what type of scope does the military use

What Type Of Scope Does The Military Use?

The military has been at the forefront of advancement. Both in weapons and technology. The equipment they use in the field had been tested by some of the countries finest men and women.

Well, what type of scopes do the military use? The answer to that question is based upon a lot of different factors such as government contracts, and the general fighting style of the military at the moment.

what type of scope does the military use

Most Common Military Scopes

The military is very fond of the M4 carbine, therefore most commonly the scopes found are for that weapon. Scopes for close combat such as the 553 EOTech or the M68 CCO are common, and for longer distances, some rifles may be fitted with ACOG scopes. Sniper rifles in the military are most often fitted with a Leupold Mark 4 or a Schmidt & Bender PMII.

Military Shooting Style and Scope Choice

When considering the type of scope common for the military it’s important to understand the fighting style of the military. Most often close to medium range combat is where it all takes place. Which is why scopes that excel in that area are used.

It’s also important to understand that not every soldier is carrying a sniper rifle. This is important to consider because those that are; generally pick their own scope. Those are just the most common in my opinion.

This leaves us with the M68 CCO, EOTech 553, and ACOG. All of which have scopes equivalent to them in the civilian sector for purchasing. Which is sought after because the environments and conditions these scopes are subjected to have proven them to be worth every penny.

M68 CCO

This site is easy to use and as durable as they come. It was designed with the “eyes open” firing method in mind. Allowing soldiers to fire with both or only one eye open.

Also designed to be parallax-free at 50+ meters. It is a red dot, reflex sight made to fit the most common weapon in the military. The Army actually has an overload of these scopes due to contracts that they have with the manufacturer.

If you plan on looking for this scope to purchase then the civilian equivalent is known as the Aimpoint CompM4. Provides some solid accuracy and it’s fun to shoot with. The speed and precision that some practice with this scope can achieve are one of the reasons the Military is as powerful as it is.

EOTech 553

A holographic site with a laser red dot to allow for a smaller reticle. Giving the shooter increased accuracy at the cost of a battery that drains fairly quickly. Another scope that was designed to be used with an “eyes open” firing method, but is also night vision compatible.

It is made to be used in any climate and the most extreme weather conditions. However, these aren’t the most useful features for civilian shooters. This is mainly because this scope is more common among the spec ops crews where extremes are the norm.

This scope, however, has been battle tested and found to be worthy. The rise in new and more advanced scopes is causing the military to begin phasing these out and replacing them with the EXPS3 model. Which has all of the good qualities of the 553 and none of the drawbacks; like battery issues. If you are in the market for it then I recommend finding an EOTech EXPS3, do to the possible discontinuation of the 553 model.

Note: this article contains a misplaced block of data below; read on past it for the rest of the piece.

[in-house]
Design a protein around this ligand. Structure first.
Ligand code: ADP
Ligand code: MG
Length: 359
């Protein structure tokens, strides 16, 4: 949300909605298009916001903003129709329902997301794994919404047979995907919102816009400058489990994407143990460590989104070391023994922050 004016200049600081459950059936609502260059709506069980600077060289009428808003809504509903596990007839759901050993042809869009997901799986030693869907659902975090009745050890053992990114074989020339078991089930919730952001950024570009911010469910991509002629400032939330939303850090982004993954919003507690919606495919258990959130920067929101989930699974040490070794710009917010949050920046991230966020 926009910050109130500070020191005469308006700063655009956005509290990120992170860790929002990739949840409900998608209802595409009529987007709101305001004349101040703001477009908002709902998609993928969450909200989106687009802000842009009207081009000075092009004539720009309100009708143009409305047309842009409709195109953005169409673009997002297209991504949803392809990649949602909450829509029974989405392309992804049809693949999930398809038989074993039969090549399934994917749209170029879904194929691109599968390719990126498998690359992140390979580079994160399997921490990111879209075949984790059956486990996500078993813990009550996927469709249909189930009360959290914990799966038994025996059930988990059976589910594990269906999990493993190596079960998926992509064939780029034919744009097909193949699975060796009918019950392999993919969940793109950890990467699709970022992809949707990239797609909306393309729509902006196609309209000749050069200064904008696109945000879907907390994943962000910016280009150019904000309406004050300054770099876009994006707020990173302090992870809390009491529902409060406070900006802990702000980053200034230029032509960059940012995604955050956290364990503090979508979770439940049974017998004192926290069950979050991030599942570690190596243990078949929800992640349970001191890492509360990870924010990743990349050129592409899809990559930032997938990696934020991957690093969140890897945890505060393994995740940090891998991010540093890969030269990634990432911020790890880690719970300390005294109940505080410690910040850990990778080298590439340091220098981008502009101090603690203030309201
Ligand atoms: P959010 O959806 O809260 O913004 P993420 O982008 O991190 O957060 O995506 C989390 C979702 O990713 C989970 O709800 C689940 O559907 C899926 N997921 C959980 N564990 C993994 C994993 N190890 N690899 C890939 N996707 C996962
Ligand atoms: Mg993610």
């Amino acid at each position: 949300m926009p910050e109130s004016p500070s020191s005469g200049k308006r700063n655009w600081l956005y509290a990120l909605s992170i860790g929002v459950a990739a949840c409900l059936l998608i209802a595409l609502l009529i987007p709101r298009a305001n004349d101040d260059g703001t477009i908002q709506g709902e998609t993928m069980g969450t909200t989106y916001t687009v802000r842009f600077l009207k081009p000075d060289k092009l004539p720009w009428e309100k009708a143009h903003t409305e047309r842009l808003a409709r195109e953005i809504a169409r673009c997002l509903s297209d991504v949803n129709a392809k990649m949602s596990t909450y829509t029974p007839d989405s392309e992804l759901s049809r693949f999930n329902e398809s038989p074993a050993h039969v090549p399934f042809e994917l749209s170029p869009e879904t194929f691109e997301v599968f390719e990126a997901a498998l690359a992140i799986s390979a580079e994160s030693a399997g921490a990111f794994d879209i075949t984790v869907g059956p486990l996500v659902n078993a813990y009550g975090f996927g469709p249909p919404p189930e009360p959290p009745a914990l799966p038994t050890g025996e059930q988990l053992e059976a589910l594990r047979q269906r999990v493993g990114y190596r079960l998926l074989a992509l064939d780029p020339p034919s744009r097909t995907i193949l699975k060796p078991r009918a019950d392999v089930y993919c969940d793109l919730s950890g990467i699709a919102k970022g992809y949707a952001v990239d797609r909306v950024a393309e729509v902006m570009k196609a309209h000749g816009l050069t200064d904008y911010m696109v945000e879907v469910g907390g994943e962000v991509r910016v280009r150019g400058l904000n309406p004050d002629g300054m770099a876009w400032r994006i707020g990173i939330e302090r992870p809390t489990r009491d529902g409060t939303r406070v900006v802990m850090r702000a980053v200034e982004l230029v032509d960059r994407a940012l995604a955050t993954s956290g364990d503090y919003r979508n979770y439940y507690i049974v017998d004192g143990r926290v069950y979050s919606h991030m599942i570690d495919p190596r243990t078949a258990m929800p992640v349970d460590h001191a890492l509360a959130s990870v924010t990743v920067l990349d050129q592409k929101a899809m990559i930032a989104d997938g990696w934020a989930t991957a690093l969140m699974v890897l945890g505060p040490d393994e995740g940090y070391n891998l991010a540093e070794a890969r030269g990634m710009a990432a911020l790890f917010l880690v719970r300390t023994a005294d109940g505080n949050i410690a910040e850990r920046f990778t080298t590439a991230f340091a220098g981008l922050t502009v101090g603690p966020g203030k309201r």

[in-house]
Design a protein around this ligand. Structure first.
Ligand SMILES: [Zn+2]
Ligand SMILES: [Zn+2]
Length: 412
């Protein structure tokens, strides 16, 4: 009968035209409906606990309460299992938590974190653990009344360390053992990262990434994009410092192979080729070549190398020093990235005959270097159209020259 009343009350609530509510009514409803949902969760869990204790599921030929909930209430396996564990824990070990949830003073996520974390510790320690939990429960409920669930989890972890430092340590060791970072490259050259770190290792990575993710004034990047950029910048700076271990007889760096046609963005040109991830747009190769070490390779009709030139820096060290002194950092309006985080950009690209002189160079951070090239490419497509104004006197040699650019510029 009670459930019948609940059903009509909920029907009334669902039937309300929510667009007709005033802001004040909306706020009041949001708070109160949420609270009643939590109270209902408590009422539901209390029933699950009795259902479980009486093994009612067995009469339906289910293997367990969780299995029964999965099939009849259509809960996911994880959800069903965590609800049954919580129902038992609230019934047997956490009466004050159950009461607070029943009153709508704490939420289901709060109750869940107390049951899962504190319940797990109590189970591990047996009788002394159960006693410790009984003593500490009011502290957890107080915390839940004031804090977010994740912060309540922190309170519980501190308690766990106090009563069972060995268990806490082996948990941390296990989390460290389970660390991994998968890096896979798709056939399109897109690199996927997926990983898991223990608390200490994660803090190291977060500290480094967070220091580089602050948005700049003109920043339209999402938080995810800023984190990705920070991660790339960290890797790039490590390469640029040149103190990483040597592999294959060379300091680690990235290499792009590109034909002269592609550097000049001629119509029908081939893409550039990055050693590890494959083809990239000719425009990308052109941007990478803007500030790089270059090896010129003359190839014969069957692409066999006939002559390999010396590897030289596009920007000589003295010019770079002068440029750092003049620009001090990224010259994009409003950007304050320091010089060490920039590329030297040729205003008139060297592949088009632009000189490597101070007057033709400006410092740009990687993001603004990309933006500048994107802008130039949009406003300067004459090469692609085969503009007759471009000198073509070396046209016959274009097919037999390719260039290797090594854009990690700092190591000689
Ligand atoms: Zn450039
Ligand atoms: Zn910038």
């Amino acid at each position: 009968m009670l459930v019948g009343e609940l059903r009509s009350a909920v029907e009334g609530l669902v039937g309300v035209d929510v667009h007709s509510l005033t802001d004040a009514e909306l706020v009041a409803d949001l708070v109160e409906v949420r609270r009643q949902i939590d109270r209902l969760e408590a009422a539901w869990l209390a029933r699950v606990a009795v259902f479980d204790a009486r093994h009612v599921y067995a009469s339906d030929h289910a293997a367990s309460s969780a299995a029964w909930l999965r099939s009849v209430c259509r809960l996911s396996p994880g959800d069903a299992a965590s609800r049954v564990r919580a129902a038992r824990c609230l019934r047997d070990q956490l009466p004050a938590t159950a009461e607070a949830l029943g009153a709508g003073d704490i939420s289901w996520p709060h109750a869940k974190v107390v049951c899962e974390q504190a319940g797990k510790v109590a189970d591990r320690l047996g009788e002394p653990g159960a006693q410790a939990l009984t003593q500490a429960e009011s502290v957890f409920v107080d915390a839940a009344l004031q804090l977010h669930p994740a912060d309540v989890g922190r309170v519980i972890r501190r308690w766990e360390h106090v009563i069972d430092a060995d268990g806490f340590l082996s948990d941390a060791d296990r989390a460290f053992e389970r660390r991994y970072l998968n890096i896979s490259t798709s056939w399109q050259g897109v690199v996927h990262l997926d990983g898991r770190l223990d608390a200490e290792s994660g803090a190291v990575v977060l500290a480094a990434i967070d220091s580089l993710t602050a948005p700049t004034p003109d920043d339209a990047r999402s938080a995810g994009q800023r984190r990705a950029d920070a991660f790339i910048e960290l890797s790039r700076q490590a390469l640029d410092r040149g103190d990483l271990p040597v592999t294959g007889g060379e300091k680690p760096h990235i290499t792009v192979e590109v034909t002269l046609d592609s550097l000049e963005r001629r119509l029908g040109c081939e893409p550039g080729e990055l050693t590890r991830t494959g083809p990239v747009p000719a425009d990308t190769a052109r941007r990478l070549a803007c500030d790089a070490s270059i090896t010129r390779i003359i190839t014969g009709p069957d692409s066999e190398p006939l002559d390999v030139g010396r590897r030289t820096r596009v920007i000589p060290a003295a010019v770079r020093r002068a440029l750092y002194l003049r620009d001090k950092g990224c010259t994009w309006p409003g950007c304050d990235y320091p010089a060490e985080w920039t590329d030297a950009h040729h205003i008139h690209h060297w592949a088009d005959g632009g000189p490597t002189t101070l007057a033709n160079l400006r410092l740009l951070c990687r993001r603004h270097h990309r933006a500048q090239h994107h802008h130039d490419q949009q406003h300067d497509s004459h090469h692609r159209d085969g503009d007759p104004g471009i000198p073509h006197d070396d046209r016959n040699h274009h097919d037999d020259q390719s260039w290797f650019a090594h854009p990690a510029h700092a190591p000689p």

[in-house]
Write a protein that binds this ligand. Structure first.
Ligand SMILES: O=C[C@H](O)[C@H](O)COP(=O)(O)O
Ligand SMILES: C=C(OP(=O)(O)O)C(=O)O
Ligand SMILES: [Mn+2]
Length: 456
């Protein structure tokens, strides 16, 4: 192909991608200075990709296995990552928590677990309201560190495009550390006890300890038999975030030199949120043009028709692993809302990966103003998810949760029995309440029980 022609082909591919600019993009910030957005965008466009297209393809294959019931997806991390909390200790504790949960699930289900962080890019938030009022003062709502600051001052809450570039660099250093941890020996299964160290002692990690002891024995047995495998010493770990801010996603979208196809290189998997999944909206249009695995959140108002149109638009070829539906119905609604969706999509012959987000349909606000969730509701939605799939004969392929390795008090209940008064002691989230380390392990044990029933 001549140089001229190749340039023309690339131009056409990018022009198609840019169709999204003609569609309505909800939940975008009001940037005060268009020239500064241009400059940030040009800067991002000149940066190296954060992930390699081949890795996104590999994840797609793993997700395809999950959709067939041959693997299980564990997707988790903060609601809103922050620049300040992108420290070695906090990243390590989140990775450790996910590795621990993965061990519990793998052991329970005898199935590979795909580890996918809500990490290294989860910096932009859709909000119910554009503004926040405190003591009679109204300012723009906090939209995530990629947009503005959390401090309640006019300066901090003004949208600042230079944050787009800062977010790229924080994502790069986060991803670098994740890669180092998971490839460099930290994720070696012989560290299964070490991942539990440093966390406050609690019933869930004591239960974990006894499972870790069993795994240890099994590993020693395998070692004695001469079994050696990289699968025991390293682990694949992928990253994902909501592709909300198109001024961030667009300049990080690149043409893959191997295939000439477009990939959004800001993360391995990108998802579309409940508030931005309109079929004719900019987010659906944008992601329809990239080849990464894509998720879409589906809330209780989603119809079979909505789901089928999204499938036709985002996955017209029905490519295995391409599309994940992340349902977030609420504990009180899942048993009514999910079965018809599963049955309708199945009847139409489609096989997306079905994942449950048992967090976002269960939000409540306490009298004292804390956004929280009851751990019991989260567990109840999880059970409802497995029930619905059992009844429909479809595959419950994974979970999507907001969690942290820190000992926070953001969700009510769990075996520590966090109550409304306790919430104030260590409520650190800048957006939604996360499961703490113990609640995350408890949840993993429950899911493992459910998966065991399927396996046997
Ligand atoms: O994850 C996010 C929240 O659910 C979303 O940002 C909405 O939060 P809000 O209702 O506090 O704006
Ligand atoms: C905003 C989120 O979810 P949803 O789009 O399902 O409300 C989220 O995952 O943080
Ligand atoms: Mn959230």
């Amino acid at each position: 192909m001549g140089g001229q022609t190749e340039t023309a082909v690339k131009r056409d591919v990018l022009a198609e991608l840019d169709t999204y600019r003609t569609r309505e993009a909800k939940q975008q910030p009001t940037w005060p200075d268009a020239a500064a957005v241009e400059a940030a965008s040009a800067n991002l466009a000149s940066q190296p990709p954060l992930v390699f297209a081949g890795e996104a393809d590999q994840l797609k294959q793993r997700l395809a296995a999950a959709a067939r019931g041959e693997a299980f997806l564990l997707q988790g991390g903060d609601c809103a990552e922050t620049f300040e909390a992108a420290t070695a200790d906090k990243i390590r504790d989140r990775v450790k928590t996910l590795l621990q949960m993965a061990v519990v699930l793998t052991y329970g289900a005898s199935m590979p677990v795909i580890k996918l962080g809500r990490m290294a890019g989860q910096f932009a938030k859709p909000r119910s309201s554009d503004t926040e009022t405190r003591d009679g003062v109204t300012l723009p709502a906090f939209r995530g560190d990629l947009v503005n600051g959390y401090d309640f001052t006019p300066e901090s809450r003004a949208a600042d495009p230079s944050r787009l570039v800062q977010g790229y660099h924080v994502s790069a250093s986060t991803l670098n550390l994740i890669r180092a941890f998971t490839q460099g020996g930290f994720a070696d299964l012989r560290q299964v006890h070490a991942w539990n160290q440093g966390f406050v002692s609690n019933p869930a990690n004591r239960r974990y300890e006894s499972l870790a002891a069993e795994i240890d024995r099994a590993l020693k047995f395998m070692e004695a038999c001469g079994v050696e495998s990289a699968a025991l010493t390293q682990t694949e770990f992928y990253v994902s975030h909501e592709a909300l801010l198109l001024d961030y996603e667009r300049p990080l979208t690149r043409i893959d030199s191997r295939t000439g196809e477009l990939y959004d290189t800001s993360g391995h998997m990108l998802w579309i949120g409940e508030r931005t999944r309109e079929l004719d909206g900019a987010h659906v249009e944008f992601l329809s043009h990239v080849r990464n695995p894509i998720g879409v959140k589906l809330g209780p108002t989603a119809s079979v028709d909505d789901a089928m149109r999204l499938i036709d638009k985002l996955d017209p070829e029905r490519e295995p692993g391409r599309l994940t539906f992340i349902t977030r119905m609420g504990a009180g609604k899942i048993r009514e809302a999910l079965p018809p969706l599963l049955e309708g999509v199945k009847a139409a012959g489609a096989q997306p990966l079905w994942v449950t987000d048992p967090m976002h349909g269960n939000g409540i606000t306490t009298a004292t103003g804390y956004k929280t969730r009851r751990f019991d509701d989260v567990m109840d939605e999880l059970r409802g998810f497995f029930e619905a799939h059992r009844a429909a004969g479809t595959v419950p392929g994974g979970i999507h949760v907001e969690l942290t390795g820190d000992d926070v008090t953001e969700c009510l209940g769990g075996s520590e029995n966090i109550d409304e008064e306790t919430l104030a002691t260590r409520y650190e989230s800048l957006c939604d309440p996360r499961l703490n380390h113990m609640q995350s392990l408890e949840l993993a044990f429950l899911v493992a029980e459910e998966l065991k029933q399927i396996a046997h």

ACOG (Advanced Combat Optical Gunsight)

The special forces are to thank once again for another addition to our list. The ACOG sight is widely recognized and becoming more and more common in the military. With the magnification being a key factor in deciding which model you might be seeing.

Trijicon ACOG sights are your best bet if you ever wanted to try them. The more common is a model 4 x 32 BAC, TA31RCO-M150CP. It’s what Trijicon refers to as an “Army Rifle Combat Optic (RCO)”. As popularity grows however it isn’t impossible that the military will add different ACOG sights to their collection.

The ACOG uses a fiber optic light pipe for daytime reticle illumination and tritium decay instead of batteries. Which has a useable life of 10-15 years. Making these scopes cost efficient and that much more appealing to the military. That and the durability of these are what make it so popular, and also what makes them so expensive.

Sniper Rifle Scopes

As I said earlier the most commonly found scopes would be the Leupold Mk 4 and the Schmidt & Bender PMII. The amount of soldiers that actually shoot at very far distances, however, is small enough that the scopes are generally hand picked by the soldiers themselves.

Pretty much anything that gets the jobs done and won’t break after using once will meet the requirements. Some people will just use whatever they have available, and others may have a Unertl-10 Power scope for a .50 cal rifle. It’s too few and far between to give a precise answer, but those are the most common by far.

Conclusion

In general, you will be running into a soldier with an M4 and an M68 mounted to it. Just based on the sheer amount of them that the military has available to them.  What types of scopes do the military use? The scopes that fit the fighting style of the military at the time their using them. Which is a scope that’s durable, accurate, fast, and perfect for close combat.

As fighting style changes, so will the tools we fight with. However, the military using a specific scope speaks volumes to the quality of scope itself. It has been tested, and proven, which is why they continue using them. I hope you found this information useful and I would like to thank you for reading.